In operation, a 2D or 3D crystal structure may be disposed within reactor 138. System 134 may be capable of depositing thin films of material on internal and external surfaces of the crystal structure by atomic layer deposition. The material may be deposited on at least a portion of the crystal structure surfaces, such as in the following manner: one or more precursor materials, which may be in gaseous form, may be introduced into reactor 138 by precursor sources 140. The introduction of precursor material may additionally be referred to as gas pulsing. The crystal structure, which may be heated to a particular temperature, for example, may be exposed to the precursor, such as by having one or more surfaces (including internal surfaces) of the crystal structure saturated with the material. Additionally, the walls of reactor 138 may be maintained at a particular temperature, such as a temperature below the decomposition temperature of the precursor material. As a result, after a period of exposure, the material may be deposited on one or more surfaces of the crystal structure, such as by being adsorbed to or reacting with the crystal structure surfaces, and the deposition may comprise atomic layer deposition. The material may form a thin film, such as a monolayer on the external and internal surfaces of the crystal structure, for example. Gas, such as from gas source 142, may be temperature controlled, and may be introduced to the reactor 138. Reactor 138 may be substantially purged with the gas, which may comprise an inert gas including argon, for example. The reactor 134 may additionally be evacuated by vacuum purge device 144 and purged with inert gas, or may be evacuated and purged, for example. Alternatively, the purging of the reactor with inert gas may be continuous, such as continuous through the deposition processes, for example. The cycle of providing precursor gas (gas pulsing) and gas purging/evacuating may be repeated one or more times, such as to form a plurality of layers of material on to one or more surfaces of the crystal structure, such as one or more conformal layers of material, for example. This may result in the formation of one or more films on the crystal structure (internal and external) surfaces, wherein the one or more films may be formed to have a substantially uniform thickness. The one or more films may be formed from a plurality of material layers, and may be formed to a relatively uniform thickness on features of the crystal structure having high aspect ratios, for example. Thus, a photonic crystal device having one or more desired properties, such as optical properties may be formed.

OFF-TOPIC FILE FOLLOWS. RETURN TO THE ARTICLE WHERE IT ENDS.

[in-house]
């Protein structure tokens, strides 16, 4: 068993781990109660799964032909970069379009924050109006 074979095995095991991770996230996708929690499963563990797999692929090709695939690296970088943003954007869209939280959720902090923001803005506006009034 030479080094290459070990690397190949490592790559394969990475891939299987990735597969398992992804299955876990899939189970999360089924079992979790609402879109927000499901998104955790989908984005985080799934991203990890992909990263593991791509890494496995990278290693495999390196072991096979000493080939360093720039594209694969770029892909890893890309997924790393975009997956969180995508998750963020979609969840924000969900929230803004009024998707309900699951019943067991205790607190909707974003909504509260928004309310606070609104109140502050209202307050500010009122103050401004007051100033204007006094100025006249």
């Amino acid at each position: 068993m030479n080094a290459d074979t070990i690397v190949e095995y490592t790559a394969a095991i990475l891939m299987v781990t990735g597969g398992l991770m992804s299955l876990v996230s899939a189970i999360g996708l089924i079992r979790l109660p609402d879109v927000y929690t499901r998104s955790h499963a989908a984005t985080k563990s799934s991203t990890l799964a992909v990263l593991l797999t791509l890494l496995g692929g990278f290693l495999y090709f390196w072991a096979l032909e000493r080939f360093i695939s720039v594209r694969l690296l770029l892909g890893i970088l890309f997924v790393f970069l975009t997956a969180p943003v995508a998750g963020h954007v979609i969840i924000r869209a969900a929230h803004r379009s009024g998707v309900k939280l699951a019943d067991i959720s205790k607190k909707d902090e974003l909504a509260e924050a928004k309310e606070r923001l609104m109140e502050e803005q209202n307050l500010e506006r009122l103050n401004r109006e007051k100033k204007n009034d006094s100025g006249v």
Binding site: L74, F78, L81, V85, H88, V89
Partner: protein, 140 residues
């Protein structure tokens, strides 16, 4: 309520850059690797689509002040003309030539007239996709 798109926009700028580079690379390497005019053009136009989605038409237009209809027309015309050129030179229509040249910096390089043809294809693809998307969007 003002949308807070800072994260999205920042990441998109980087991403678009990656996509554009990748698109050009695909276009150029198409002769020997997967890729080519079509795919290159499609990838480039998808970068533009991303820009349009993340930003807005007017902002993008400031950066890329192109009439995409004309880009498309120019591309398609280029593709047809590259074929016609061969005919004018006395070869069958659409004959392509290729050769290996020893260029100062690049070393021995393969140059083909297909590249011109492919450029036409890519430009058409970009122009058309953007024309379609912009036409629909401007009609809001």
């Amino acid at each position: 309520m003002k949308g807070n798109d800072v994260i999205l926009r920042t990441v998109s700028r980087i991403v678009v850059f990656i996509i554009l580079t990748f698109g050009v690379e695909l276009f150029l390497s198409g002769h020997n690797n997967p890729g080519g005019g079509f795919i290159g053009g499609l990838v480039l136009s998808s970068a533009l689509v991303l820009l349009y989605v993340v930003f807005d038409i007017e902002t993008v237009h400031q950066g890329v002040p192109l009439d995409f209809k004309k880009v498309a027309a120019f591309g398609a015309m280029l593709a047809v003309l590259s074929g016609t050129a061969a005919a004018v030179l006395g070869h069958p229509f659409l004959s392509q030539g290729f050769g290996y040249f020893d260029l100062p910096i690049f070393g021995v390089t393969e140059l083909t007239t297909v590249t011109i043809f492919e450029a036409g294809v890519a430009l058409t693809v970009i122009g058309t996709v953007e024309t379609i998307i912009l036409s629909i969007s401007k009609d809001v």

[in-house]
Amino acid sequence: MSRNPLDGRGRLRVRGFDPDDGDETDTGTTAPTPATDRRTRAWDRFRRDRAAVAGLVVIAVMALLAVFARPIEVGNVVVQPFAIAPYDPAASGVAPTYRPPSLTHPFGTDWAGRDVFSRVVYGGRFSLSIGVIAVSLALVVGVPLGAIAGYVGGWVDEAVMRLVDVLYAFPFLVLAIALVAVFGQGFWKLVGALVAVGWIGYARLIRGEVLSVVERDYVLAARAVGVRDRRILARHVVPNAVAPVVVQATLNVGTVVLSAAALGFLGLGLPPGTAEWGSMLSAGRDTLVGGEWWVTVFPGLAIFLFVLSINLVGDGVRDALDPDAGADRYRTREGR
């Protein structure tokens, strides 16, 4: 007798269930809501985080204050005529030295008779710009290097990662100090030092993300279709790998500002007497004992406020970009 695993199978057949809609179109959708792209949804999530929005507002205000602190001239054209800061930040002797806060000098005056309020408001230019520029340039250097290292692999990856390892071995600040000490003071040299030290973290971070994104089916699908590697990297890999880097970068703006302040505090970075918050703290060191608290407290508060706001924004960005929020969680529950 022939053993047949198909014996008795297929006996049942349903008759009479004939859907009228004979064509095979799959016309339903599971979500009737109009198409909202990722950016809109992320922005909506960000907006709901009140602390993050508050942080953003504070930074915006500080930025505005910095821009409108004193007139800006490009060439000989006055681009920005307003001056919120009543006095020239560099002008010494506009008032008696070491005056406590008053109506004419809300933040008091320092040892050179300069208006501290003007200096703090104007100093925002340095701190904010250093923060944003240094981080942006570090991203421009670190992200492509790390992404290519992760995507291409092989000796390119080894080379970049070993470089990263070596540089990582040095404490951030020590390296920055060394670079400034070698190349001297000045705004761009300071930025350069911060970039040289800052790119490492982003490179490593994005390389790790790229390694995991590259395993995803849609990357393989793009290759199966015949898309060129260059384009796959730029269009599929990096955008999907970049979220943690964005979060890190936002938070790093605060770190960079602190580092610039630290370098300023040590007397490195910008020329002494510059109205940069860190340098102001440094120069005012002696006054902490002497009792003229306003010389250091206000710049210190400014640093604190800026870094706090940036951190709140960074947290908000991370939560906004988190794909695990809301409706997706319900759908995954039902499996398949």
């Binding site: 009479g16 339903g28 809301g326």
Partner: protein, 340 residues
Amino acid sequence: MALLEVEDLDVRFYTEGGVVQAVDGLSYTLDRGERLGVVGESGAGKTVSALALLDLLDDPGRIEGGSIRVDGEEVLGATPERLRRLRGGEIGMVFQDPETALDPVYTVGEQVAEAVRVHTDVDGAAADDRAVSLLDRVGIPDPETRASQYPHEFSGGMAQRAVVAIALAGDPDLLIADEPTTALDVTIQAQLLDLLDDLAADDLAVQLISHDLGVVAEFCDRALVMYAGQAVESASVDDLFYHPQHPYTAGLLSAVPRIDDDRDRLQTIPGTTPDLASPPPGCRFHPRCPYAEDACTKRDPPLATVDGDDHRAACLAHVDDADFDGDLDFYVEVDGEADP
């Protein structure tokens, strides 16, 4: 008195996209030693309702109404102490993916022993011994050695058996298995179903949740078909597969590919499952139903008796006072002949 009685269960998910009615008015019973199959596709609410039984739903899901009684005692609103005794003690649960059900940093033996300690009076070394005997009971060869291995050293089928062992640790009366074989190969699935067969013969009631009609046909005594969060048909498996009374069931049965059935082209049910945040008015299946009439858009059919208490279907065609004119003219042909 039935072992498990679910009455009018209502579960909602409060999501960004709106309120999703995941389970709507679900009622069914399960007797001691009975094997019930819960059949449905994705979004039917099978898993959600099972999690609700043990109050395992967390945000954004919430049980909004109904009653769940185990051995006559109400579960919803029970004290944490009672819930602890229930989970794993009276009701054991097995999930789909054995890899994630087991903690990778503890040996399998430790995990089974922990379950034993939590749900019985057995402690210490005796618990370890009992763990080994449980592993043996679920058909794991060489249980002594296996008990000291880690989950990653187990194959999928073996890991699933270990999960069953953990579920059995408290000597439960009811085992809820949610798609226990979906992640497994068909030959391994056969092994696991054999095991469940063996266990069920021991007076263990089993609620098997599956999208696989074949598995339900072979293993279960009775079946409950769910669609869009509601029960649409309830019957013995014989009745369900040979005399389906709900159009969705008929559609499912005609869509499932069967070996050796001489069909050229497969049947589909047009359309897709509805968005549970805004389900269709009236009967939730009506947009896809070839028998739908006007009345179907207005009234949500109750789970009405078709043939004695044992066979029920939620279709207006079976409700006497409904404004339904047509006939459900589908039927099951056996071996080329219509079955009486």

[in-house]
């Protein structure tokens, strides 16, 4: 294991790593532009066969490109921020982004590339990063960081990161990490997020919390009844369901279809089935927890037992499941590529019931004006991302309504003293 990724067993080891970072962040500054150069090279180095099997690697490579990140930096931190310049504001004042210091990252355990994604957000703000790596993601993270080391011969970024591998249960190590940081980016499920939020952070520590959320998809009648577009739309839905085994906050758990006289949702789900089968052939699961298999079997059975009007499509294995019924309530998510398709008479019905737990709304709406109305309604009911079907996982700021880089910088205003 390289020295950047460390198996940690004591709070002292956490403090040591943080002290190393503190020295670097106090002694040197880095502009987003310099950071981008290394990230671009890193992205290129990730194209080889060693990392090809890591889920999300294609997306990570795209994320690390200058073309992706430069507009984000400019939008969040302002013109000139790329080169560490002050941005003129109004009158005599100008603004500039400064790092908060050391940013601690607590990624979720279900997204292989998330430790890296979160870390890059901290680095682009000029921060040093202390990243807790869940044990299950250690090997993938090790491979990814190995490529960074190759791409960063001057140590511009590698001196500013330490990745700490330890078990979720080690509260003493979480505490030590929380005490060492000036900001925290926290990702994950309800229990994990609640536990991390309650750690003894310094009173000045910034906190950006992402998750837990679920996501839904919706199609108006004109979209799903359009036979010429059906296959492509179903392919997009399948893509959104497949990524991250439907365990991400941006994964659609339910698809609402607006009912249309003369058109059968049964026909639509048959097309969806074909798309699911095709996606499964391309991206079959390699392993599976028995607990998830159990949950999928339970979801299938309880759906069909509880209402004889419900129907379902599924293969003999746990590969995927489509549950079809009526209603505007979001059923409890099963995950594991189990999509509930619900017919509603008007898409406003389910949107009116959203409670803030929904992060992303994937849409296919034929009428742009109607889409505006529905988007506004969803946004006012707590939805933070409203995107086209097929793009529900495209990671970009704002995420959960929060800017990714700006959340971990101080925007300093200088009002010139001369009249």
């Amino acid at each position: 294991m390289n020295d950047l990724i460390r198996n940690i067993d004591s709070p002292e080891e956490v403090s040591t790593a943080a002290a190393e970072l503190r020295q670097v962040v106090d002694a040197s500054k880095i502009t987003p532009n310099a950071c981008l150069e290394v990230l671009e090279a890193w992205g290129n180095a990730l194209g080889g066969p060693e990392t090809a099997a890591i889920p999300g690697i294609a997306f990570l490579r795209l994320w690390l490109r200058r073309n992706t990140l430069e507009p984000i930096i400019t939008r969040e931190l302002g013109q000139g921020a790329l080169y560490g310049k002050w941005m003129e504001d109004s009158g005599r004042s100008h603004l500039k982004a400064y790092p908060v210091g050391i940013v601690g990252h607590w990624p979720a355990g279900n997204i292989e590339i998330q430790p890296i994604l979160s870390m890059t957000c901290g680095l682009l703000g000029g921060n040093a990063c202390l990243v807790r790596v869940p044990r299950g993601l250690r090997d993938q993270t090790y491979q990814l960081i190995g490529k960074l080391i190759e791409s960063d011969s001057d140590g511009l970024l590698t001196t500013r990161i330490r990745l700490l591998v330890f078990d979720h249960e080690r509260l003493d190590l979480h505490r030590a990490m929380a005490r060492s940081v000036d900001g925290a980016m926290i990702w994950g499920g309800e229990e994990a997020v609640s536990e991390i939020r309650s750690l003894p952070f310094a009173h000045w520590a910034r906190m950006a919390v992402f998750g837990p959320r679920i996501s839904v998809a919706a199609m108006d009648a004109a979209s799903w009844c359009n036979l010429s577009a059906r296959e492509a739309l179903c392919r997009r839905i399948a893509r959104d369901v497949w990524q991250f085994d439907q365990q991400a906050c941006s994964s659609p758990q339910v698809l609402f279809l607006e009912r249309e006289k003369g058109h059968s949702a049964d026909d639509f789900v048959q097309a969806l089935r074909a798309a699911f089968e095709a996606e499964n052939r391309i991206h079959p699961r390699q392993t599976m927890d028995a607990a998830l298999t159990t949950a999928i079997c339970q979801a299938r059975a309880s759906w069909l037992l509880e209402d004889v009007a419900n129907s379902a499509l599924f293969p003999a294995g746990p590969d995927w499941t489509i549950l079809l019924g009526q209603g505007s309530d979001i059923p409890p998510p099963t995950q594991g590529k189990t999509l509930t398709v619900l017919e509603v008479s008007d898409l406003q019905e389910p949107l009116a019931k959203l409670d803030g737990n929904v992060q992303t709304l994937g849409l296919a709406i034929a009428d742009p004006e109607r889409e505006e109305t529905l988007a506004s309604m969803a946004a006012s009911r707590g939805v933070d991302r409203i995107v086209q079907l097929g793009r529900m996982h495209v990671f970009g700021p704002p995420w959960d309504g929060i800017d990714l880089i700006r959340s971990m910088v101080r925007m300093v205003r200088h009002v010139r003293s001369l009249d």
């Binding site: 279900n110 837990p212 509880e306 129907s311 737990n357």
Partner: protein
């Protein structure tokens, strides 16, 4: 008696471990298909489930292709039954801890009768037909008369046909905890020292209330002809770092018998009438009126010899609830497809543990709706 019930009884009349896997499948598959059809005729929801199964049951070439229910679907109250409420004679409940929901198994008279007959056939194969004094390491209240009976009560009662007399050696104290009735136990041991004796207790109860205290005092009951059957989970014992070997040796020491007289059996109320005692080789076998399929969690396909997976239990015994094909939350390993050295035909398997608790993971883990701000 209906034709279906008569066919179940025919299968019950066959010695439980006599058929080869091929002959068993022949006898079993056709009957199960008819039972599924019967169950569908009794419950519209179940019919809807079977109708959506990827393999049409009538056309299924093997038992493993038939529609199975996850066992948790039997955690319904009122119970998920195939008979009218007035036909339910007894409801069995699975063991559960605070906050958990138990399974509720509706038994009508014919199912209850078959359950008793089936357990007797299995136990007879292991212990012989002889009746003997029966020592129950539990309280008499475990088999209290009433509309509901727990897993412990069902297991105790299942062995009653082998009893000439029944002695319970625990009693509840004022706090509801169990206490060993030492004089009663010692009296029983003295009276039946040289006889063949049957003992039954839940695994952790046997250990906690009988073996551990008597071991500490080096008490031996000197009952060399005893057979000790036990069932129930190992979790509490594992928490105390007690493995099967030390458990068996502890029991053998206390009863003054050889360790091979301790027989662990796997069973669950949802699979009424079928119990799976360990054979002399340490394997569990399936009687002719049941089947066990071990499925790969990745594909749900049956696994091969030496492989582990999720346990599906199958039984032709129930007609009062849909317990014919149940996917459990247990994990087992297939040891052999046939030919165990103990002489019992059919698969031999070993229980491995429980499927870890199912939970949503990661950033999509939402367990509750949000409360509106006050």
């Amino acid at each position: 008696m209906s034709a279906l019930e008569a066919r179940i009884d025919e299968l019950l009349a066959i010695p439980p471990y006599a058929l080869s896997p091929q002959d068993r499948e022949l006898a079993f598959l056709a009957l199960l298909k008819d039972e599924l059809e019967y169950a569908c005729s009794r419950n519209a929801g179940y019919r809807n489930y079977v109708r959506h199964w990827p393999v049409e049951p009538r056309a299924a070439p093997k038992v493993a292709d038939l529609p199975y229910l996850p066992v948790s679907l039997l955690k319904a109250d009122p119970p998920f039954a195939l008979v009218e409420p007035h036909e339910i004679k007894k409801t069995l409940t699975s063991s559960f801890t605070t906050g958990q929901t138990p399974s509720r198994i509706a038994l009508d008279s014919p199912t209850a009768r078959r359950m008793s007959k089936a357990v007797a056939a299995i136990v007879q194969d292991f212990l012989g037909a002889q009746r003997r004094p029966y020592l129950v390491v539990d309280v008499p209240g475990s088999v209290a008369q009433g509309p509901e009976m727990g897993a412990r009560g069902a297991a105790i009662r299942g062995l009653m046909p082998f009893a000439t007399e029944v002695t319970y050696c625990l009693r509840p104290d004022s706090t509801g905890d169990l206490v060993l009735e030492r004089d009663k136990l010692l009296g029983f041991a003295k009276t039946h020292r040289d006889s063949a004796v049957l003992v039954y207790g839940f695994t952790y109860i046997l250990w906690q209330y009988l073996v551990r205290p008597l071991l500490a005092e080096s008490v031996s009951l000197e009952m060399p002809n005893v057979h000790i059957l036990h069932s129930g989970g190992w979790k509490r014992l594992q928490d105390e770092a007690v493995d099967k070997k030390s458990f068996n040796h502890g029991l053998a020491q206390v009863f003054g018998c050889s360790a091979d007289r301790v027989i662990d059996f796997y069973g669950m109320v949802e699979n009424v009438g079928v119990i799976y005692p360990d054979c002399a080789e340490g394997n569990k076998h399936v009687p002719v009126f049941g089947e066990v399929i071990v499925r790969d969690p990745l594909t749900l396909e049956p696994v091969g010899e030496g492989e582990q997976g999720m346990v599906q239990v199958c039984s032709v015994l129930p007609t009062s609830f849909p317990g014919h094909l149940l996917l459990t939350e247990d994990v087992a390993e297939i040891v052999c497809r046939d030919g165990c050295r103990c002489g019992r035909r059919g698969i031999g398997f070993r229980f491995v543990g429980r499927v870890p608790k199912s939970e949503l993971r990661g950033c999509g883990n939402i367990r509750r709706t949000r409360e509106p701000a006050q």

Although numerous differing types and categories of materials exist that may be utilized as part of system 134, and the claimed subject matter is not so limited, in at least one embodiment, one or more materials that may be deposited by system 134 may comprise one or more metals, metal oxides, metal nitrides, II-VI compounds, or III-IV compounds, such as GaAs, InP, InAs, ZnS, CdS, CdTe, W, W2N, TaN, Ta2O5, or TiO2, for example. However, other materials may be utilized, such as materials providing a refractive index constant that may enable formation of a photonic crystal that may exhibit a band gap in the visible, IR, microwave or other wavelength regions, for example. For the deposition of these materials by ALD on device 136 one or more precursor materials may be sequentially delivered individually to system 134 from precursor source 140 by pulsing, followed by purging of system 134 by gas source 142 or evacuation of system 134 by vacuum purge 144. For example, in the deposition of W by ALD on a device, a metal precursor (e.g., WF6 or W(CO3)) that may be in gaseous form, for example may be pulsed to expose the substrate; evacuation or purging on the metal precursor and reaction by-products from the system may be performed; the substrate may be exposed to another reactant (e.g., B2H6, SiH4, Si2H6) that may be in gaseous form, for example; evacuation or purging of the precursor and reaction by-products from the system may be performed. Purge materials may comprise, for example, Ar, N2, or other inert gases. System 134 may be capable of heating the reactor, the precursor materials, the purge materials, or one or more devices disposed therein to one or more temperatures. For example, temperatures within the range of approximately 150-400 degrees Celsius may be utilized, although the claimed subject matter is not so limited, and temperatures may depend at least in part on the precursor or purge materials, for example. In at least one embodiment, a device may comprise a crystal structure that was formed at least in part by system 110 of FIG. 2, and the crystal structure may substantially comprise SU8, for example. The device may be disposed within reactor 138, and system 134 may be capable of depositing one or more films on surfaces (including internal surfaces) of the crystal structure, such as a film comprising W. The one or more films may be deposited to a particular thickness, and thickness may depend at least in part on the one or more materials utilized to form the films. For example, W may be deposited to a substantially uniform thickness of 2-5 Angstroms per each deposition process or gas pulse. However, one or more thin films may be deposited to submicron or micron thicknesses, such as between 0.5-5 Angstroms, for example. A plurality of gas pulses may be utilized such as to form a device having one or more properties, such as one or more features of a particular thickness that may provide one or more optical properties, and may comprise a 3D photonic crystal, for example.